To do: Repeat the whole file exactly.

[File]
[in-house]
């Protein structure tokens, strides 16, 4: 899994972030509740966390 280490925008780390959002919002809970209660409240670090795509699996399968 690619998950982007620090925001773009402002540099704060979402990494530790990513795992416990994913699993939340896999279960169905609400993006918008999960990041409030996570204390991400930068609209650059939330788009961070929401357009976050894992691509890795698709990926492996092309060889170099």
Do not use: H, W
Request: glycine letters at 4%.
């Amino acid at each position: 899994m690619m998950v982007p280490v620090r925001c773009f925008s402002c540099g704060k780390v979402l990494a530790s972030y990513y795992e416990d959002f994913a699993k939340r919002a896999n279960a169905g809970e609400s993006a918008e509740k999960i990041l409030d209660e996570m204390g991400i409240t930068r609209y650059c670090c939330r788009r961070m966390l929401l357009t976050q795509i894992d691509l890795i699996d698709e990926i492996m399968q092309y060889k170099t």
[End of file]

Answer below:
[in-house]
């Protein structure tokens, strides 16, 4: 899994972030509740966390 280490925008780390959002919002809970209660409240670090795509699996399968 690619998950982007620090925001773009402002540099704060979402990494530790990513795992416990994913699993939340896999279960169905609400993006918008999960990041409030996570204390991400930068609209650059939330788009961070929401357009976050894992691509890795698709990926492996092309060889170099």
Do not use: H, W
Request: glycine letters at 4%.
């Amino acid at each position: 899994m690619m998950v982007p280490v620090r925001c773009f925008s402002c540099g704060k780390v979402l990494a530790s972030y990513y795992e416990d959002f994913a699993k939340r919002a896999n279960a169905g809970e609400s993006a918008e509740k999960i990041l409030d209660e996570m204390g991400i409240t930068r609209y650059c670090c939330r788009r961070m966390l929401l357009t976050q795509i894992d691509l890795i699996d698709e990926i492996m399968q092309y060889k170099t």